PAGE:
Connect, no. 142, May/June 2006, p.3
A typical floating structure such as a floating production, storage and off-shore loading vessel (FPSO) may have as many as 14 mooring chains, which might amount to nearly 10km of chain in total.
Mooring chains are subject to cyclic loads and, therefore, fatigue. Fatigue may result in crack propagation, which can cause a chain to break well below the ultimate strength of the material. Multiple mooring failures would cause a platform to drift, possibly causing loss of control of well-heads and causing risers to rupture.
The major surveys specified by Det Norske Veritas (DNV) in 'Certification of Offshore Mooring Chain', require the chains to be inspected by magnetic particle inspection, an NDT method for detecting surface and near surface cracks, as well as visual inspection to detect corrosion, chain breaks and distortion. All these techniques require the chain to be drawn up onto the deck or taken ashore.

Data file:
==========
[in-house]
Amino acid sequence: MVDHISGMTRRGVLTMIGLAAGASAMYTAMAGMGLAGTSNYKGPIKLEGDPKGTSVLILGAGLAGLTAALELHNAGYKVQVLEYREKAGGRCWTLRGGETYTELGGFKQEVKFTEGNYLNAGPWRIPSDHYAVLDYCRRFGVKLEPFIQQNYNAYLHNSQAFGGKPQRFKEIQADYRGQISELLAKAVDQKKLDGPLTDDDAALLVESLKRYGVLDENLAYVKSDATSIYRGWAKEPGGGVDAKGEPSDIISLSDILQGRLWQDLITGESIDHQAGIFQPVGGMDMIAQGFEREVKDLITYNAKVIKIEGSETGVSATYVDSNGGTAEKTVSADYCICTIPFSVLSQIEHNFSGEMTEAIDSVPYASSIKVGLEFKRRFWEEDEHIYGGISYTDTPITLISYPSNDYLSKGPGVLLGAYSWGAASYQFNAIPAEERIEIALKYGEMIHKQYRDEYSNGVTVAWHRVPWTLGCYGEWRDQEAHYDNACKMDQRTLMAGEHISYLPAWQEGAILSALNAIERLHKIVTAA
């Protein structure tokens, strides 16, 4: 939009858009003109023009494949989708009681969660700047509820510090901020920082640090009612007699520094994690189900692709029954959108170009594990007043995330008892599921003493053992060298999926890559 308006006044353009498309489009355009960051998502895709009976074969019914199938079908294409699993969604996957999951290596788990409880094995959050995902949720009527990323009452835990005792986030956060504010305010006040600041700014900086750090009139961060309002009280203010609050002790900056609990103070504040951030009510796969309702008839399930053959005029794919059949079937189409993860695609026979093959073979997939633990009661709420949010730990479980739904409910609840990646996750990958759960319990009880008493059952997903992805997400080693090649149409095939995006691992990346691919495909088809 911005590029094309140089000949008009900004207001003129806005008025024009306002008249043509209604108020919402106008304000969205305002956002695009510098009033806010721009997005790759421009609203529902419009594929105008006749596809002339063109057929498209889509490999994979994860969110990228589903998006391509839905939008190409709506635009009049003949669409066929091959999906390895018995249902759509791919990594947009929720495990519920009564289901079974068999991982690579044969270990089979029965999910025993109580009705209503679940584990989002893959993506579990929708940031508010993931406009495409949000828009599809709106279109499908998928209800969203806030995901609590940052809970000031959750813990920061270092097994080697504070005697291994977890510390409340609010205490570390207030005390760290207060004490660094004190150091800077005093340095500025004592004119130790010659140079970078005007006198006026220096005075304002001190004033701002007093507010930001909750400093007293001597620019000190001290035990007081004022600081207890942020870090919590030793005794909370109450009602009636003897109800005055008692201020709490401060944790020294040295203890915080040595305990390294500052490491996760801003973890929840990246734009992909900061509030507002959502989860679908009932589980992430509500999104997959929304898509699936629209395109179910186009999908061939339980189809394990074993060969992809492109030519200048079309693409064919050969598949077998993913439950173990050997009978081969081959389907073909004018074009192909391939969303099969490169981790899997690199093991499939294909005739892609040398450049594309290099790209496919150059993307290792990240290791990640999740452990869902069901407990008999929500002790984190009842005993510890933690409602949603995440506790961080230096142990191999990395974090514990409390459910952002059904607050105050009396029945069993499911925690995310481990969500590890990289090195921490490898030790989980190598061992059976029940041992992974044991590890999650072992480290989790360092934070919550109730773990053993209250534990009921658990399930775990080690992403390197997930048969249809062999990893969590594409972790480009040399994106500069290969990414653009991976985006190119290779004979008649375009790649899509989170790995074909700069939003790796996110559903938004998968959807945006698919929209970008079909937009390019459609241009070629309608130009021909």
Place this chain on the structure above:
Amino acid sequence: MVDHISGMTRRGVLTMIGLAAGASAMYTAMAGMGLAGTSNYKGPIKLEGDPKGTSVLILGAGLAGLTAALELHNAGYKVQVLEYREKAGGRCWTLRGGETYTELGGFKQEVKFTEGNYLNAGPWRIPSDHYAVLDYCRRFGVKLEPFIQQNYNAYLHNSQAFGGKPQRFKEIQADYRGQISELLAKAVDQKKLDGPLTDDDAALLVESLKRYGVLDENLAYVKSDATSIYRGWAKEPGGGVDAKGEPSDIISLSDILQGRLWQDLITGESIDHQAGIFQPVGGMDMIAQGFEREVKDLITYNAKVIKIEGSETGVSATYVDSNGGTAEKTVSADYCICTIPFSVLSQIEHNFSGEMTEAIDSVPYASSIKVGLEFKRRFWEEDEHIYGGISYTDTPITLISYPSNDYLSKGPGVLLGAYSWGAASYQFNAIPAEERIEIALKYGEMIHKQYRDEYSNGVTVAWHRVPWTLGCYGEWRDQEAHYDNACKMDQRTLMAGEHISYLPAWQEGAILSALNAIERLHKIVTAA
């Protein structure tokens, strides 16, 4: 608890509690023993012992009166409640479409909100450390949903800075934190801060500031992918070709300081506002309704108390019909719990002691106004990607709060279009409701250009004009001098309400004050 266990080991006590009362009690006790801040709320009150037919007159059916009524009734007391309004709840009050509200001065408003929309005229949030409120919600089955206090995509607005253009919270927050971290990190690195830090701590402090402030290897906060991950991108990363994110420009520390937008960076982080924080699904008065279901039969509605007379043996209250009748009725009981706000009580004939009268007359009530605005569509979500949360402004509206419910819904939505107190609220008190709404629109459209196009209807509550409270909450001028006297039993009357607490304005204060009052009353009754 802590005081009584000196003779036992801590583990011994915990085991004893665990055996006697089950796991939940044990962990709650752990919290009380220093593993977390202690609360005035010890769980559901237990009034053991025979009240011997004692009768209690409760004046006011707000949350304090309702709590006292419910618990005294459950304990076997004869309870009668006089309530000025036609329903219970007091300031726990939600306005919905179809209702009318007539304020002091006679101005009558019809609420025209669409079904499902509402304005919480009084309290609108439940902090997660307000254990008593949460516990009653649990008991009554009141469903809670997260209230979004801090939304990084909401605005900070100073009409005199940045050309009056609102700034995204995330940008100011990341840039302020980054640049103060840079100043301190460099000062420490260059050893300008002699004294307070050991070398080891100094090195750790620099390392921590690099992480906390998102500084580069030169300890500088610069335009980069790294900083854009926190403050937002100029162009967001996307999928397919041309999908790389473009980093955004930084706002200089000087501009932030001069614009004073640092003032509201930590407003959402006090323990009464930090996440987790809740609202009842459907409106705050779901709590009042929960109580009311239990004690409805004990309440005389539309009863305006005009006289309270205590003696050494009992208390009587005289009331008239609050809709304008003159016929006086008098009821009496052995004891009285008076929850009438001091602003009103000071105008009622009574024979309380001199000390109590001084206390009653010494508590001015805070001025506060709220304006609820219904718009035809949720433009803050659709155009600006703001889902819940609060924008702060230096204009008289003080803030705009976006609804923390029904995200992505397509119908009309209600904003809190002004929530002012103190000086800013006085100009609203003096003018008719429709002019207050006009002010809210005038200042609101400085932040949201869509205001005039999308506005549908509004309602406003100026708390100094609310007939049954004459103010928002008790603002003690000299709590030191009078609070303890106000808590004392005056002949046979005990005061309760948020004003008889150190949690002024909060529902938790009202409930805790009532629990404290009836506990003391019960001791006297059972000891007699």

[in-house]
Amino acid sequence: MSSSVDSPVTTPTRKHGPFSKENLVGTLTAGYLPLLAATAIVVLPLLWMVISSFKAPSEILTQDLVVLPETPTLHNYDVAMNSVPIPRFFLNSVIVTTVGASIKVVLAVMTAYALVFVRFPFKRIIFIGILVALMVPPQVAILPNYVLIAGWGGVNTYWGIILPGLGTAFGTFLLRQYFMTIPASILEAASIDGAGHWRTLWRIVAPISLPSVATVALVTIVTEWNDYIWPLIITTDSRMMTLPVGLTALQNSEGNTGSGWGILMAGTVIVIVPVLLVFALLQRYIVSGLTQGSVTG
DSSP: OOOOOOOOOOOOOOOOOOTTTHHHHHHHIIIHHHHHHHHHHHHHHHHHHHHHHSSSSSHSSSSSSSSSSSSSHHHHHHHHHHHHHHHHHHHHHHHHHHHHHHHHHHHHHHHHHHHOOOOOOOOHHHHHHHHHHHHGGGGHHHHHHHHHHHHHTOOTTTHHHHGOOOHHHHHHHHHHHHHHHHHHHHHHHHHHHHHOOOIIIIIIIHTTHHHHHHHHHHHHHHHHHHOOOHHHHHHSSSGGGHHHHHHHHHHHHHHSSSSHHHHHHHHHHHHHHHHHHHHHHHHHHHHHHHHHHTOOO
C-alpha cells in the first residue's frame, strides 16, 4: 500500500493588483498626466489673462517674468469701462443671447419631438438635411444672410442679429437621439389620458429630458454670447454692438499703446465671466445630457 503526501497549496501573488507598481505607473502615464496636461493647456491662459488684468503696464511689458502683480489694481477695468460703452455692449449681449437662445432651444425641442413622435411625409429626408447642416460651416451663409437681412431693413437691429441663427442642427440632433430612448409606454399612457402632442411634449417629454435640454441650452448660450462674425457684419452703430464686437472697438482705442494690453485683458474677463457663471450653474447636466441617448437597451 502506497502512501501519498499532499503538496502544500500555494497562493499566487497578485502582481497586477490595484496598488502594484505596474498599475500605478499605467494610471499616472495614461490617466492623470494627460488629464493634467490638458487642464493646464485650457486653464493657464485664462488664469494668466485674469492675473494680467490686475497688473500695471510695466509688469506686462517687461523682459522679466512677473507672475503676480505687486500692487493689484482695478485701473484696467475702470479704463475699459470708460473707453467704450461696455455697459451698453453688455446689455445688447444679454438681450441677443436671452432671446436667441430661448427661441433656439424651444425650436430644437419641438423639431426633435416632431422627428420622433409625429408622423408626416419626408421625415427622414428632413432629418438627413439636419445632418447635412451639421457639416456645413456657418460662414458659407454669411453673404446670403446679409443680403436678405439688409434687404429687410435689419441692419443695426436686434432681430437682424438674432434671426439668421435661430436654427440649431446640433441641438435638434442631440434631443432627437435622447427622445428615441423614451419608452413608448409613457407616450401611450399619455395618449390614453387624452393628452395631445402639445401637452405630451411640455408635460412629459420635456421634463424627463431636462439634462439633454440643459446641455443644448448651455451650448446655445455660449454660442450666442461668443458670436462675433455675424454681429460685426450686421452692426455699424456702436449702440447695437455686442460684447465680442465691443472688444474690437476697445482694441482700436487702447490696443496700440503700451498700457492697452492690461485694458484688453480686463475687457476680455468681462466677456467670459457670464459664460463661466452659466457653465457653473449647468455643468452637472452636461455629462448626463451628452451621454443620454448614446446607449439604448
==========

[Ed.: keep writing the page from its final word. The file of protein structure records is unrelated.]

The ChainTest robotic system aims to increase testing repeatability and consistency and hence the probability of detection, by employing improved and automated NDT techniques.
It is proposed to design a robotic vehicle capable of climbing down the chain and carrying both NDT and cleaning equipment. At each link, the robot will stop, perform cleaning, carry out NDT and send data back to the operator on the offshore structure for analysis and recording. This approach is expected to increase the reliability of chain inspection. Fig.1 illustrates the concept and Fig.2 illustrates two of the NDT techniques to be used. Ultrasonic Guided Wave testing sends a low frequency ultrasonic wave through the chain link and detects damage such as cracks, corrosion or erosion. ACFM will be used to specifically to detect weld cracks.
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